The prospect of massive wind turbine arrays along the approaches to New York Harbor now seems very real, and advocates for maritime industries are raising their voices.

“Our ultimate goal is safety…we are the largest U.S. petroleum products port,” Edward Kelly of the Maritime Association of the Port of NY/NJ told a gathering of officials from the federal Bureau of Ocean Energy Management and state agencies Wednesday.

The association supports developing offshore wind energy and the jobs it would bring to the port, said Kelly. But it must be done right without increasing hazards in the East Coast shipping crossroads, he told a BOEM task force in Newark, N.J.

In a series of regional meetings BOEM is gathering information on its latest “call area” to consider expanding offshore wind energy leasing in the New York Bight, an arm of the Atlantic curved between New Jersey and New York’s Long Island shore, with the harbor entrance at its apex.

Wind power developers and federal energy planners have long seen the bight as an ideal location for developing wind farms.

Three critical factors are present, says Jim Bennett, who manages the BOEM renewable energy program: a shallow continental shelf for building turbines, dependable winds mostly from the northwest and southwest, and a needy energy market in the populous Mid-Atlantic and Northeast states.

Those populations need a lot of shipping too.

“We handle over 10,000 deep draft transits through that area every year,” said Kelly. “We feel the setbacks (from shipping lanes to turbines) are absolutely essential…we would like to have at least 1 nautical mile.”

“We cannot have any risk factor,” said Kelly, adding that any major accident like a ship allision with a turbine resulting in an oil spill would “have a generational impact.”

Tug and barge operators say the preliminary areas outline by BOEM are far enough offshore they don’t present an immediate conflict with their operations, said Brian Vahey, senior manager for the Atlantic region with American Waterways Operators.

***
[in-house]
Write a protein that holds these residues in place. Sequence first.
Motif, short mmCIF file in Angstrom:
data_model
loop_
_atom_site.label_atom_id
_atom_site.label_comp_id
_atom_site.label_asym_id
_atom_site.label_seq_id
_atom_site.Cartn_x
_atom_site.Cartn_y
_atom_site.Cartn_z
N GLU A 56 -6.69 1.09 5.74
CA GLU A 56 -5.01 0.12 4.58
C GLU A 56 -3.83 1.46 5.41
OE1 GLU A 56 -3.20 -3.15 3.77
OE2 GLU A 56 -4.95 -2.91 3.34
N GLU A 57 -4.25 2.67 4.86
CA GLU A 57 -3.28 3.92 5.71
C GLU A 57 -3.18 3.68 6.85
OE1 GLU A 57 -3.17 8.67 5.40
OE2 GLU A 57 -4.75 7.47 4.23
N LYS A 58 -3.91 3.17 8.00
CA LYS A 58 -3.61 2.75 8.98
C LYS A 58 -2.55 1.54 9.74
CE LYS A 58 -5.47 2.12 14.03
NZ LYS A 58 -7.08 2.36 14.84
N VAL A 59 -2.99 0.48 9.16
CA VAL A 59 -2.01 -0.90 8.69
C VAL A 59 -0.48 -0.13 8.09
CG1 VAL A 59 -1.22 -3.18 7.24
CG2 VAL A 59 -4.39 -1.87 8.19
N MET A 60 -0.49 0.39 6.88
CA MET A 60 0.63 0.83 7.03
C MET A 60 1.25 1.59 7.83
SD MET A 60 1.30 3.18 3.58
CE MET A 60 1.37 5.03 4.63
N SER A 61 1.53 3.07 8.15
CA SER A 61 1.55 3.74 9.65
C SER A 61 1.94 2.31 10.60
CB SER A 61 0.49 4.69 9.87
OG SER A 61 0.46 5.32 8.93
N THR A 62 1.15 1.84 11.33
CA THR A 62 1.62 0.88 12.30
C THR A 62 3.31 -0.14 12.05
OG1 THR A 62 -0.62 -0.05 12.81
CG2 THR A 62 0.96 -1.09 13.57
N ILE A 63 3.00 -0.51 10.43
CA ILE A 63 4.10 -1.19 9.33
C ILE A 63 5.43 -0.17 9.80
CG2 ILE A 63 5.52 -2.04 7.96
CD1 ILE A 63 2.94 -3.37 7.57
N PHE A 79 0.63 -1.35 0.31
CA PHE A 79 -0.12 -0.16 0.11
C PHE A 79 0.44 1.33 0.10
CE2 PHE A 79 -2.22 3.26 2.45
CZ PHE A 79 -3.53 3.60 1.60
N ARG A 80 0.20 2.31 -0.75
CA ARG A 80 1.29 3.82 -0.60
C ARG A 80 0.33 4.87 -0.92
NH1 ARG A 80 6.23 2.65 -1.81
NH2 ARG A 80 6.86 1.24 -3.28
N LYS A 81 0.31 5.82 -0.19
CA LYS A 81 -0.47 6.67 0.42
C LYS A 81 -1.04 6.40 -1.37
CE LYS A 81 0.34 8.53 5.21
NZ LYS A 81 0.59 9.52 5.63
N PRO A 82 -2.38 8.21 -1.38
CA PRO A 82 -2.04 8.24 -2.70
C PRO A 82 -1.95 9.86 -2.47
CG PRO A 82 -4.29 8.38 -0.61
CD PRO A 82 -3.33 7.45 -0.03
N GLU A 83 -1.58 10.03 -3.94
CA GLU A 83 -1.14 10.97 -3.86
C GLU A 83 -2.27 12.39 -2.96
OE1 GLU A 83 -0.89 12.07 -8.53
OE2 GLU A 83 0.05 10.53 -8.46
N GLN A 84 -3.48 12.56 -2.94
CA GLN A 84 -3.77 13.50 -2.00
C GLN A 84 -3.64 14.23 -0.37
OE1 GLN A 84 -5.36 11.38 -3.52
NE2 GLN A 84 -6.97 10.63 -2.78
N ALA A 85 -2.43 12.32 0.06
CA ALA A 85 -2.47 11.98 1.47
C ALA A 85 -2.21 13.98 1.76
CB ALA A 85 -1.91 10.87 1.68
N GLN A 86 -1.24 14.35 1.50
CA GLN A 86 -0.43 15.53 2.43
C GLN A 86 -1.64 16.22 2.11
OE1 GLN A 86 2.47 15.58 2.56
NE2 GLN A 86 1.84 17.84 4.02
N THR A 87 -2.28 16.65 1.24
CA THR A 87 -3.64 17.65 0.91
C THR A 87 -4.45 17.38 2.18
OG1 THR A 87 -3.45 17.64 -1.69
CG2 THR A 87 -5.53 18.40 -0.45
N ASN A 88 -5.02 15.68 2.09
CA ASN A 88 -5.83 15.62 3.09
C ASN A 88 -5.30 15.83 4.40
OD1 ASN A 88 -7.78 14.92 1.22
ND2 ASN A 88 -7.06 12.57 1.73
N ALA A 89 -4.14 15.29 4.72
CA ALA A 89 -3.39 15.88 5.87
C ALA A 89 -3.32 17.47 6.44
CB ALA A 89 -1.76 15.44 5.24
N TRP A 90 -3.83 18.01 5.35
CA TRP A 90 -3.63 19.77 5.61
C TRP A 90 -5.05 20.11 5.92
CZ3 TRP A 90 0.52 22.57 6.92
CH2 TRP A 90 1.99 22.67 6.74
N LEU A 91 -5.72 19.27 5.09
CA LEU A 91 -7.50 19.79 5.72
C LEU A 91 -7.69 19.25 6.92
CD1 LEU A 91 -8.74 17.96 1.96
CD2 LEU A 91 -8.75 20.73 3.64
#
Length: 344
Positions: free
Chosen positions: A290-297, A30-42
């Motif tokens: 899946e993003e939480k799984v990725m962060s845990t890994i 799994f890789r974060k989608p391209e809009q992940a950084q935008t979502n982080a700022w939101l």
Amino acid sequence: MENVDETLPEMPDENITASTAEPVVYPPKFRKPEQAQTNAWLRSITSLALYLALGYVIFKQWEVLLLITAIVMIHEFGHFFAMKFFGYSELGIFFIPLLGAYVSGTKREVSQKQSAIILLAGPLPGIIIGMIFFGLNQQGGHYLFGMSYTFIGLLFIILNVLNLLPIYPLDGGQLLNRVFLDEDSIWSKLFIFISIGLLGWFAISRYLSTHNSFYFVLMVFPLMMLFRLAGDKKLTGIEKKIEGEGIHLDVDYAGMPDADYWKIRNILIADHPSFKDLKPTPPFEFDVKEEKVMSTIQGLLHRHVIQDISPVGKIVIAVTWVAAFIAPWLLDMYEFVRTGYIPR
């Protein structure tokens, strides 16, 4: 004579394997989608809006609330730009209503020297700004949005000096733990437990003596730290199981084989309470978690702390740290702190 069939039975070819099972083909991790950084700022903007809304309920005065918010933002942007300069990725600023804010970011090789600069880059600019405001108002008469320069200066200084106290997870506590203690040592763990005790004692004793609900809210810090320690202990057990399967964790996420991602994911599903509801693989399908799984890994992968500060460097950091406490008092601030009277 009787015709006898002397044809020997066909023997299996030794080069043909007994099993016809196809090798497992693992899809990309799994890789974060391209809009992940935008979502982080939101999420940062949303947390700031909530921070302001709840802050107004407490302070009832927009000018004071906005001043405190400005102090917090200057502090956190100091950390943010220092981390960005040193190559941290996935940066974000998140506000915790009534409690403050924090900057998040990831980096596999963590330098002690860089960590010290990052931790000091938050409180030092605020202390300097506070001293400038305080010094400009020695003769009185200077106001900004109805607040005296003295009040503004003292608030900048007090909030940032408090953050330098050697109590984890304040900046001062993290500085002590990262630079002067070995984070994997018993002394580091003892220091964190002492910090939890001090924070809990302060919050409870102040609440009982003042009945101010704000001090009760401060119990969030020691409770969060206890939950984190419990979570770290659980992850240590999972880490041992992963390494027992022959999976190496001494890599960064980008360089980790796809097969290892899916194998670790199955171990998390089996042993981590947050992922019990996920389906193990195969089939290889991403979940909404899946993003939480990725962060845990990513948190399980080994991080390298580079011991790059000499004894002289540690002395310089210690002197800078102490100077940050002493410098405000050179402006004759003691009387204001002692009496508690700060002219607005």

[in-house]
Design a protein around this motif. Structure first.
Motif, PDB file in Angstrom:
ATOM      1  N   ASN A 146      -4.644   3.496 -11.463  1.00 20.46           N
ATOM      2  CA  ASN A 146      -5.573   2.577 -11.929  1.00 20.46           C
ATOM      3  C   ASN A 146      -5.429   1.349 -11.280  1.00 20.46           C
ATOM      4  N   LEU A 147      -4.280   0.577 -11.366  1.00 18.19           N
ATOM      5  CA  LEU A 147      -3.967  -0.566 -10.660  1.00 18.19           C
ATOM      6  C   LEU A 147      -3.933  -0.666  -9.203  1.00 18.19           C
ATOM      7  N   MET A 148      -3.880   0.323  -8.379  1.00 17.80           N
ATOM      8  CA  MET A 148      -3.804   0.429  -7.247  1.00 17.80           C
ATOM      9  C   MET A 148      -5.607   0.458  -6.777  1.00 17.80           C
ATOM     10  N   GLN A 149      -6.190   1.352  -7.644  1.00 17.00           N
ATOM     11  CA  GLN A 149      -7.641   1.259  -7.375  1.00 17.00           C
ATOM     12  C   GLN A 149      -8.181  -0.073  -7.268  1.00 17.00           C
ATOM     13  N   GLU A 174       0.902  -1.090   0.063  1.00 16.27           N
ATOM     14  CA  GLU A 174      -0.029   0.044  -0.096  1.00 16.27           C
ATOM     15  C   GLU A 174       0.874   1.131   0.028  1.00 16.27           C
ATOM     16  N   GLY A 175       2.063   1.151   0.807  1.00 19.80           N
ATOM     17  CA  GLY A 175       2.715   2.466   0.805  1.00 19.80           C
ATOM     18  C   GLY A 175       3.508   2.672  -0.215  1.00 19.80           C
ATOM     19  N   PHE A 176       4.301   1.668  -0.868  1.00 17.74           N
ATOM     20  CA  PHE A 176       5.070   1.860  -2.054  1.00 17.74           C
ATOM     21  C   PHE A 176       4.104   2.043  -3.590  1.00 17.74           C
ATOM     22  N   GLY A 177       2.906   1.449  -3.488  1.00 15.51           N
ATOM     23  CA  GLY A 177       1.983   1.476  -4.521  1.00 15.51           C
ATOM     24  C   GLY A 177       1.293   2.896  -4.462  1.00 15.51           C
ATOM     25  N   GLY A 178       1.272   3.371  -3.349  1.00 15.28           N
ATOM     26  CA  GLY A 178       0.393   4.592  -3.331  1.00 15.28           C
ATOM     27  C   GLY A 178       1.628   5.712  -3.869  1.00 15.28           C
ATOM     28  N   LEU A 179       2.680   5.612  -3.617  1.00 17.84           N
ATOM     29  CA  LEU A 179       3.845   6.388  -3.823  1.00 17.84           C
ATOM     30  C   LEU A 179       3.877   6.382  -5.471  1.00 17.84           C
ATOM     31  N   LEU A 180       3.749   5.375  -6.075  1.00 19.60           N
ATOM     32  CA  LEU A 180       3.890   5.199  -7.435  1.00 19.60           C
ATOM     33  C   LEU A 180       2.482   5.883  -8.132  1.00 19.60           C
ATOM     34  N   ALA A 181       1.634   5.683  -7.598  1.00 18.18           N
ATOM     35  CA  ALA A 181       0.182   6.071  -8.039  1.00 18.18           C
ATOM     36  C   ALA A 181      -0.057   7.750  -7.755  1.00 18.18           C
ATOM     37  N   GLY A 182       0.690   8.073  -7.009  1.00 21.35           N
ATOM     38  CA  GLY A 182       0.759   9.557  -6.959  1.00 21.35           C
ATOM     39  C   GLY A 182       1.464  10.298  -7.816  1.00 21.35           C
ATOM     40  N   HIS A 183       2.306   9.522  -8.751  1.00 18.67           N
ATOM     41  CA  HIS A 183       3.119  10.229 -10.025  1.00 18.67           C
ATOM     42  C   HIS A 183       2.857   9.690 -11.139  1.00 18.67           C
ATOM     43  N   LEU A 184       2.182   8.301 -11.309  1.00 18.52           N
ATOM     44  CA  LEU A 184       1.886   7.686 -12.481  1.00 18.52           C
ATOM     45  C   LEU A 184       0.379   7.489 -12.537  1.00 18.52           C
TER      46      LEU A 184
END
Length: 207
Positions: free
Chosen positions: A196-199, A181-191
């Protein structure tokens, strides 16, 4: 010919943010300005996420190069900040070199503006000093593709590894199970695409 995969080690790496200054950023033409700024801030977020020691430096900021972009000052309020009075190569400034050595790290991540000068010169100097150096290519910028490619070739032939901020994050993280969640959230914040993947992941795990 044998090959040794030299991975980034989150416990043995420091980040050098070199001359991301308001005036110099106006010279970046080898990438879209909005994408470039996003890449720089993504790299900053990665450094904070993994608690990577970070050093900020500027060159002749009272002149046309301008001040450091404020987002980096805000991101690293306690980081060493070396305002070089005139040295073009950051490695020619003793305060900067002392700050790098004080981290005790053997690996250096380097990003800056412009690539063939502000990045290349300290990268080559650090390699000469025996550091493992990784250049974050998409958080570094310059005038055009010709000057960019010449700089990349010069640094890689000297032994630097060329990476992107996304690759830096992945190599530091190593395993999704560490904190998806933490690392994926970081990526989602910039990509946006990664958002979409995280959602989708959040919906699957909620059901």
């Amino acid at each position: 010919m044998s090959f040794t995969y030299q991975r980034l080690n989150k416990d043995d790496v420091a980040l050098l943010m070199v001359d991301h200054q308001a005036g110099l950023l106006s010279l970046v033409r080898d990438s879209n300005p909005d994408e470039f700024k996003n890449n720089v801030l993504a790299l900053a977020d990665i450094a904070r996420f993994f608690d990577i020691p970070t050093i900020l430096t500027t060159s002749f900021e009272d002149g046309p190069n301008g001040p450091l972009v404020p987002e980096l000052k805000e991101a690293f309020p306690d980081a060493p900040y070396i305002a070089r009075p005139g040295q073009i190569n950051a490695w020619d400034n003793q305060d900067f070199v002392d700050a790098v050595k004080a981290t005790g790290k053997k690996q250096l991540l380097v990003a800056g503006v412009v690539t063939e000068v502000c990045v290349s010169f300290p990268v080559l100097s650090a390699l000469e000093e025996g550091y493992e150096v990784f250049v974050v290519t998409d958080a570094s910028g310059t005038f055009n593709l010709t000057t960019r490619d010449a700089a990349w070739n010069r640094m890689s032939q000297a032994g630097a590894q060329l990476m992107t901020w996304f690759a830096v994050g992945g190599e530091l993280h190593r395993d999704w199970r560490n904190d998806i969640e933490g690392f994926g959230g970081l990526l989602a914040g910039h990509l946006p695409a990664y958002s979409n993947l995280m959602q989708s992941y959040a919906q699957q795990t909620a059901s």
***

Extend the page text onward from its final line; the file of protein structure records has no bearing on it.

There is some concern about how future wind leases might impede passages cutting across the Bight between Delaware Bay and New England. Extending more arrays eastward could force operators farther offshore and that could pose more risk in bad weather, said Vahey.

But overall in discussions with BOEM, “we’re optimistic that the process is good,” he added.

The ports of New York and New Jersey handle $205 billion of cargo annually, and are connected in trade to $50 billion out of Delaware Bay – a major petroleum shipping port with $50 billion – and similar values for Norfolk, Va., and Baltimore, Md., according to Coast Guard officials.

The Coast Guard is incorporating East Coast wind energy proposals – already some 11 areas leased by BOEM to developers already – into its Atlantic Port Access Route Study.

Meanwhile, containerships are getting bigger. Around thirty ultra large container ships now call at East Coast ports, and vessels bigger than those 14,000 TEU capacity ships could be coming.

Making space for all the traffic plus new wind farms could lead to cumulative effects on vessel traffic, and the Coast Guard converting longtime navigation corridors into new “shipping safety fairways” or other routing measures, said Chris Scraba, deputy waterways chief for the Coast Guard Fifth District in Portsmouth, Va.

One danger is that vessel density – ships operating within the same sea space – would be increased by the funneling effect of constricting traffic between turbine arrays. Another is the radar shadow effect of rotating turbine blades that can affect navigation radars.

Then there are the bigger containerships. At 1,200’x140’ “having to stop in a dime, there is no way for them to do that,” said Scraba. It can take an ultra large 2.5 miles of full astern to brake to a halt, he said.

Scraba compared the New York Bight traffic patterns to an interstate on land, like I-95 running up the East Coast. Part of the challenge is safely separating big and small, fast and slow vessels, he said.

But each wind farm and nearby ports will be different, so that will influence how appropriate buffers and setbacks are recommended to BOEM by the Coast Guard, said Scraba.

The stakes are high, he stressed.

“It’s critical we get this right,” said Scraba. “At the end of the day, we don’t have room for one accident, or one spill, in the New York Bight.”


Contributing Editor Kirk Moore was a reporter for the Asbury Park Press for over 30 years before joining WorkBoat in 2015. He wrote several award-winning stories on marine, environmental, coastal and military issues that helped drive federal and state government policy changes. He has also been an editor for WorkBoat’s sister publication, National Fisherman, for over 25 years. Moore was awarded the Online News Association 2011 Knight Award for Public Service for the “Barnegat Bay Under Stress,” 2010 series that led to the New Jersey state government’s restoration plan. He lives in West Creek, N.J.